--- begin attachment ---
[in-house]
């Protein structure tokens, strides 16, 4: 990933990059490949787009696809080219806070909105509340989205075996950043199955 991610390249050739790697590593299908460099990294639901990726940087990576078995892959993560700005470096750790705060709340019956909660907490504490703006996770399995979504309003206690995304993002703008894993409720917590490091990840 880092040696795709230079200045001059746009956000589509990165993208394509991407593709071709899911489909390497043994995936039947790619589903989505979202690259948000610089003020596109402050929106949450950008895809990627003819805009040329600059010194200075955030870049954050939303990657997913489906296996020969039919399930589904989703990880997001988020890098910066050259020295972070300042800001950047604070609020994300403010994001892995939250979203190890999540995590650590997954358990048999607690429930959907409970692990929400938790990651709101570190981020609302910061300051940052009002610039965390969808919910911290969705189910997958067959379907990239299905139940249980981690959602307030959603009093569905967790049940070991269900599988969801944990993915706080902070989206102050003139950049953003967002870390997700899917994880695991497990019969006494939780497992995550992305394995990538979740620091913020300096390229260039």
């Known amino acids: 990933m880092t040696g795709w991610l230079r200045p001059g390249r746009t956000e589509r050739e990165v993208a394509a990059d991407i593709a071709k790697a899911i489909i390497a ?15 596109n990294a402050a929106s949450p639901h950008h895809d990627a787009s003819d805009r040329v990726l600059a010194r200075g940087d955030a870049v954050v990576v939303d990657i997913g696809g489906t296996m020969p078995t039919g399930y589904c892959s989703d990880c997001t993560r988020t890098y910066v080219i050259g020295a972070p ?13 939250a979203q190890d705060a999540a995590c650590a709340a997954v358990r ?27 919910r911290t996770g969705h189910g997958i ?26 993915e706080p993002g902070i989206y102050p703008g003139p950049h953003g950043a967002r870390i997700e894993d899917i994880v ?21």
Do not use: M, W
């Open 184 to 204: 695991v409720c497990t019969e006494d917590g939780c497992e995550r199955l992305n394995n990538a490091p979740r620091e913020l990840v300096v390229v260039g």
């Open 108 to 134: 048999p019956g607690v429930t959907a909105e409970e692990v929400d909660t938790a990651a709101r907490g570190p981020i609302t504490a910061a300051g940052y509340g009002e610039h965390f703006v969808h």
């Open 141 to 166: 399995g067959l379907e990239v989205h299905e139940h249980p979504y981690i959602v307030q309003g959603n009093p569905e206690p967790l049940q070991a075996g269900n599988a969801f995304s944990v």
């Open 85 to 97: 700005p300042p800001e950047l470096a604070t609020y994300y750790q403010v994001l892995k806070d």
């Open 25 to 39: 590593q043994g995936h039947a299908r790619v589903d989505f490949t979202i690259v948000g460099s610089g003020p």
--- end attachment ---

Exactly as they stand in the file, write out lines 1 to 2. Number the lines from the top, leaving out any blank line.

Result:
[in-house]
């Protein structure tokens, strides 16, 4: 990933990059490949787009696809080219806070909105509340989205075996950043199955 991610390249050739790697590593299908460099990294639901990726940087990576078995892959993560700005470096750790705060709340019956909660907490504490703006996770399995979504309003206690995304993002703008894993409720917590490091990840 880092040696795709230079200045001059746009956000589509990165993208394509991407593709071709899911489909390497043994995936039947790619589903989505979202690259948000610089003020596109402050929106949450950008895809990627003819805009040329600059010194200075955030870049954050939303990657997913489906296996020969039919399930589904989703990880997001988020890098910066050259020295972070300042800001950047604070609020994300403010994001892995939250979203190890999540995590650590997954358990048999607690429930959907409970692990929400938790990651709101570190981020609302910061300051940052009002610039965390969808919910911290969705189910997958067959379907990239299905139940249980981690959602307030959603009093569905967790049940070991269900599988969801944990993915706080902070989206102050003139950049953003967002870390997700899917994880695991497990019969006494939780497992995550992305394995990538979740620091913020300096390229260039």